The Bible commands us “not to associate with anyone who claims to be a believer yet indulges in sexual sin, or is greedy, or worships idols, or IS ABUSIVE or is a drunkard or cheats people. Don’t even eat with such people.” (1 Cor 5:11 NLT)
So why does the church require wives to live and eat with these kinds of husbands? Besides the Bible already warned us that someone “with a quick temper, sins a lot.” Proverbs 29:22 (NCV)
But instead of teaching the Bible, what you hear all the time preached from the pulpit is that divorce is sinful and reconciliation is your only option. Hang on a second — if reconciliation is your only option than why does Proverbs 22:24 (AMP) say “Do not even associate with a man given to angry outbursts?”
If divorce is sinful then why did God Himself experience it? (Jeremiah 3:8) You read that correctly — when even God Almighty reaches a point where divorce was necessary, it could happen to any of us.
In a perfect world there would be no divorce. Then again, God put Adam and Eve in a perfect situation and they still managed to mess it up because all of us have the power to choose between good and evil.
That’s the third problem that I have with this book. When Austin starts describing what he learned from various Christian resources, you realize that these resources are teaching abusers to shift blame.
Now since Austin has already spent most of the book admitting his own faults it sounds really contradictory when he starts describing how these Christian resources helped him discover that his abusive nature was caused by faulty “wiring in my brain.” (p65)
Then Austin also briefly touches on the topic of demonic influence. Once again he is quoting what he learned from Christian teaching that “A demon controlled me — I was merely a puppet to its control and manipulation.” (p28)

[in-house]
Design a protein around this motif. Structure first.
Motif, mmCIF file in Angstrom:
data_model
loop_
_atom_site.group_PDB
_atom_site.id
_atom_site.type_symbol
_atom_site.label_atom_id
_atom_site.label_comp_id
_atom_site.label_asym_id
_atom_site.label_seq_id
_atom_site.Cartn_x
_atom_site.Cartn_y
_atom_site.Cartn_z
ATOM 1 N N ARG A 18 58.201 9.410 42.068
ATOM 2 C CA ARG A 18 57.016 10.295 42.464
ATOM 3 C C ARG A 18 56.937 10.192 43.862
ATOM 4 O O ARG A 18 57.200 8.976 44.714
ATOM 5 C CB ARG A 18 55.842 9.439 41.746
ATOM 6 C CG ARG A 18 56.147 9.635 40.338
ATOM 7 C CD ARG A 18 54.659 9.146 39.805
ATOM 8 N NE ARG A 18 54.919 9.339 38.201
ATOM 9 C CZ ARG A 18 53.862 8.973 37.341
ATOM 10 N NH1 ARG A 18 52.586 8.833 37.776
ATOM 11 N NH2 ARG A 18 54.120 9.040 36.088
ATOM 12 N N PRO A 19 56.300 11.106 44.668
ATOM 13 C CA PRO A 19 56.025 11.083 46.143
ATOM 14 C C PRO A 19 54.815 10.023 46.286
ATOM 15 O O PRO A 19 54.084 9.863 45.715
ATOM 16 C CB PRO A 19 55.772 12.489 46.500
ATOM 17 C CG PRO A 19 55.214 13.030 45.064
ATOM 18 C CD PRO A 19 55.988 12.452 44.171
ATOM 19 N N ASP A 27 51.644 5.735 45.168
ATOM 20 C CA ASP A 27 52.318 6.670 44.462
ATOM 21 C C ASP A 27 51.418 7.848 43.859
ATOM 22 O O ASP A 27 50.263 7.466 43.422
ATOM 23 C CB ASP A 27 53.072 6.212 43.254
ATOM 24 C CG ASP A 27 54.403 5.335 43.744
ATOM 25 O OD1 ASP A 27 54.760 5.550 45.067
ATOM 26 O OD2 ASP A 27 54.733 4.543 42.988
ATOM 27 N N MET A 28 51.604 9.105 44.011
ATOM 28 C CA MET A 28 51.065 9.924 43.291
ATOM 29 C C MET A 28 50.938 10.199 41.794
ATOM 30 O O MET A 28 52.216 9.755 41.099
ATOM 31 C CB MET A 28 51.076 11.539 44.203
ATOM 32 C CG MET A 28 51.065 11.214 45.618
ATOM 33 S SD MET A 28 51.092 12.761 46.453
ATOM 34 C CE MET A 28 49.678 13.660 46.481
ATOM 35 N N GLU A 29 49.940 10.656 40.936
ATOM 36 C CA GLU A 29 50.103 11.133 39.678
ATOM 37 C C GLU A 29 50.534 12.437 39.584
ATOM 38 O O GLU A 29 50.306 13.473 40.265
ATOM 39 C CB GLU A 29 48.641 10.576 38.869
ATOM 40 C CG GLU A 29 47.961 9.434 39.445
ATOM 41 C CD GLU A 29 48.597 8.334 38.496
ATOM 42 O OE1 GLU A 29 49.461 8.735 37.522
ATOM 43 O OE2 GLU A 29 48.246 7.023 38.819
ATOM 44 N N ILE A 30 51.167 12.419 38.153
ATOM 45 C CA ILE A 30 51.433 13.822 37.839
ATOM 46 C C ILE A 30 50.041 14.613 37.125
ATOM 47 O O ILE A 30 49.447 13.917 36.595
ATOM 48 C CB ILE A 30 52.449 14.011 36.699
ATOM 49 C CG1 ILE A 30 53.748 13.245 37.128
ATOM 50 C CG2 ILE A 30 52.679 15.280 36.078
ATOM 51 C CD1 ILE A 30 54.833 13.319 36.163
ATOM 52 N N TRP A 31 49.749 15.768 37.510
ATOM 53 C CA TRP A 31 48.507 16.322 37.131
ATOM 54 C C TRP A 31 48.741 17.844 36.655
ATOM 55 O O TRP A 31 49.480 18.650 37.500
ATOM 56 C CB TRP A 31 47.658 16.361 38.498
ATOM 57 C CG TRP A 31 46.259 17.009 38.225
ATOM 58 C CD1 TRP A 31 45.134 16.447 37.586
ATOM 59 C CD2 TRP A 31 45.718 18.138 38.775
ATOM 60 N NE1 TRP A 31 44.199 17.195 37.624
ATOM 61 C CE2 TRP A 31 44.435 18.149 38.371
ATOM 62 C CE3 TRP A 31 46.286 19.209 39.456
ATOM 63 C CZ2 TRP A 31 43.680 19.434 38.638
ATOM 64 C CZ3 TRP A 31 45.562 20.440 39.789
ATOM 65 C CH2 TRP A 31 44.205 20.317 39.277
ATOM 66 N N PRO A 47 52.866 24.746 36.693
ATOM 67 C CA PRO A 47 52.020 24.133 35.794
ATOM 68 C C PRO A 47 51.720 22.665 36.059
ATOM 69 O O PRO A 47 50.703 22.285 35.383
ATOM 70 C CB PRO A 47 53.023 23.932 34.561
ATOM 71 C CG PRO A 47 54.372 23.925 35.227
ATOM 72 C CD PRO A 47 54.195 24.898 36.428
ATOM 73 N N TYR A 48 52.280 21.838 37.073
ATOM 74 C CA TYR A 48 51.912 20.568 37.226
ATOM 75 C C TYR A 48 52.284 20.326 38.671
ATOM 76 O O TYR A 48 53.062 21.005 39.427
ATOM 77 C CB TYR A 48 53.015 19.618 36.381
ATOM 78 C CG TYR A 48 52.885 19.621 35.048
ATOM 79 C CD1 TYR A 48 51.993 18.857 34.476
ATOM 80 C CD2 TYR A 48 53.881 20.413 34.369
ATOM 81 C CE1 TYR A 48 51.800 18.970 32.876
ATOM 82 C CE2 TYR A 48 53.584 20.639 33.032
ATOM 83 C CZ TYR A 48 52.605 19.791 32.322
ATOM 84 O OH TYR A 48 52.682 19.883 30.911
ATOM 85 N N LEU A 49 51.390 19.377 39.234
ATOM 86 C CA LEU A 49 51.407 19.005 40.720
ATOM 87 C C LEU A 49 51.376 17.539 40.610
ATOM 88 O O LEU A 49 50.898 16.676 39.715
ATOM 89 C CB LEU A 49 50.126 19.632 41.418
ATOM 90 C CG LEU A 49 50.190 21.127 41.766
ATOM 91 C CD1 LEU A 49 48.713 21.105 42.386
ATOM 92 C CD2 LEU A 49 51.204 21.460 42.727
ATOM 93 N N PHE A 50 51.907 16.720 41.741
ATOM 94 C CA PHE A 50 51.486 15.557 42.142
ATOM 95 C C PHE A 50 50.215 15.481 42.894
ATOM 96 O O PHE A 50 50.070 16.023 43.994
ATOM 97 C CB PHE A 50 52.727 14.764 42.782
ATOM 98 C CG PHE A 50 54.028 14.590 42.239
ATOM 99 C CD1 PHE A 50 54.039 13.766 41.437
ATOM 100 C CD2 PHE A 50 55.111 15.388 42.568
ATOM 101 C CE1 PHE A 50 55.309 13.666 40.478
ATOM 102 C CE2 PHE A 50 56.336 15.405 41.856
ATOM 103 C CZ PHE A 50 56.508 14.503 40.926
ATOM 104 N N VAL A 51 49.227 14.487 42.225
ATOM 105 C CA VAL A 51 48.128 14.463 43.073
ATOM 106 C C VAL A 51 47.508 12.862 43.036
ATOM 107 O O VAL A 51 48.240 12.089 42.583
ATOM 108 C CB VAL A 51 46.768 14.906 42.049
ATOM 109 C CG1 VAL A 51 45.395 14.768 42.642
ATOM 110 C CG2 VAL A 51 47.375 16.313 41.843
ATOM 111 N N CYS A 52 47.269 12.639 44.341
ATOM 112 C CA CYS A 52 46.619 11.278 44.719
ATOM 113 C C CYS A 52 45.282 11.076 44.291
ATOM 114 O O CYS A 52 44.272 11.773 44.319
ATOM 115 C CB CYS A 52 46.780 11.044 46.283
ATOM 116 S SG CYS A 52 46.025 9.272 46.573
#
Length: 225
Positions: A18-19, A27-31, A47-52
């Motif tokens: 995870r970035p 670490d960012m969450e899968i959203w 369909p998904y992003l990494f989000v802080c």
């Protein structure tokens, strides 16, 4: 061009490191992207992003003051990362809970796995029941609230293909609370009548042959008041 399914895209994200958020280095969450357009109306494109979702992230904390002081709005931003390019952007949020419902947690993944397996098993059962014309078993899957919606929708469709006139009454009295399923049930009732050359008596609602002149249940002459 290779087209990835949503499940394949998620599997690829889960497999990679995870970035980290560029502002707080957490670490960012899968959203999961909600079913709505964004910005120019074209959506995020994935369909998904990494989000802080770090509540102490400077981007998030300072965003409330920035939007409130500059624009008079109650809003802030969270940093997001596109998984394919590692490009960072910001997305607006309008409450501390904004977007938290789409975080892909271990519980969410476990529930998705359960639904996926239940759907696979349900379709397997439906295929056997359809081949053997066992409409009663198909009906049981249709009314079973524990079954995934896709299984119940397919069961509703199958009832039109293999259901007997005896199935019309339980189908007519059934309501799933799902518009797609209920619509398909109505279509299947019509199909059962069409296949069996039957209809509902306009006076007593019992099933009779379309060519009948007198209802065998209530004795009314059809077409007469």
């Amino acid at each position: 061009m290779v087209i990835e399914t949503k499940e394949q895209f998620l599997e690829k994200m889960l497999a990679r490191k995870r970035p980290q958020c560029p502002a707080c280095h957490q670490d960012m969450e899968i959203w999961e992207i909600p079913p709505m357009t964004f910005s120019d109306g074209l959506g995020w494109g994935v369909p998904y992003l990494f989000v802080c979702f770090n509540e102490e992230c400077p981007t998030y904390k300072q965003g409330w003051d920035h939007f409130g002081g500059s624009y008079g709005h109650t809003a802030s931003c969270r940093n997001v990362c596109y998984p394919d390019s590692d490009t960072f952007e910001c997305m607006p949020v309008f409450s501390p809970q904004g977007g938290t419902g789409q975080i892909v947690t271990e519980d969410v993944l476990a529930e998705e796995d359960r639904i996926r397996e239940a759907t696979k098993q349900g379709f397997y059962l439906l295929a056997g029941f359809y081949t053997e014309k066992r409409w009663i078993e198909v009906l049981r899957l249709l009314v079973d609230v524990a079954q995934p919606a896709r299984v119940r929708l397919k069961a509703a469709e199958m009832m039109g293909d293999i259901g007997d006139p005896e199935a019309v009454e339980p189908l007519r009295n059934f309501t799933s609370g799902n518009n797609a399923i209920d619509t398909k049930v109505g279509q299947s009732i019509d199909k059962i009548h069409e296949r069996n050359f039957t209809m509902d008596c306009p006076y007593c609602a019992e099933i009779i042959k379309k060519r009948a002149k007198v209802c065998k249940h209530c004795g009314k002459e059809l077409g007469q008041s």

Nope. Austin, you were right when you wrote on page 61, “deep down inside I always knew right from wrong.” All of us have the power to change at any point — “God has not given us a spirit of fear, but of love, POWER, and a sound mind.” (2Timothy 1:7) If a demon was controlling you, then wouldn’t they want to keep you from accepting salvation? That’s the first thing they would do if they could overpower your will. But the truth is that while the demonic realm will try to influence us to hurt ourselves or others, we still have the power of free will.
Now back to this review — is it possible for abusers to change? Absolutely! After writing that “verbal abusers” will “not inherit the kingdom of God,” in the next breath the Apostle Paul says, “And that is what some of you WERE. But you were washed, you were sanctified, you were justified, in the name of the Lord Jesus Christ and by the Spirit of our God.” (1Corinthians 6:9-11 Berean Bible)
Keep in mind that the Apostle Paul himself went from a violent background to writing two thirds of the New Testament. But that didn’t happen overnight. Look closely at the book of Acts and you’ll see that the early church didn’t trust Paul.
Ananias is terrified when God tells him to visit Paul only a few days after Paul’s conversion. Ananias reminds God about “all the terrible things he has done to your people in Jerusalem.” (Acts 9:13) Only after receiving specific directions from God in an open vision, does Ananias even consider being in the same room with Paul. He prays for Paul and God heals Paul’s eyesight, but the rest of the church leaders still try to avoid him. Paul spends three years out in the desert (Galatians 1:16-19) and then tries to visit Jerusalem but none of the other disciples want to see him. “They were all afraid of him, not believing that he really was a disciple.” (Acts 9:26) This skepticism toward Paul was a good thing — they needed more time to find out if his conversion was real.
My point is that while overnight repentance is possible, it takes time to change behavioral patterns. That’s why I appreciated the chapter in this book on how to tell true vs false repentance in an abuser.
As Austin himself admits — he’s still in a learning process. I hope that as he travels on that journey towards wholeness, he will take the time to study the website cryingoutforjustice.com which has many resources that can help him prepare to complete that journey and maybe even find love again someday.
For more discussion on Austin James’s book visit our post, Pt 3 CCEF’s ‘Counseling Abusive Marriages’ course — bread mixed with stones? where we discuss this book and quote from two other Amazon reviews.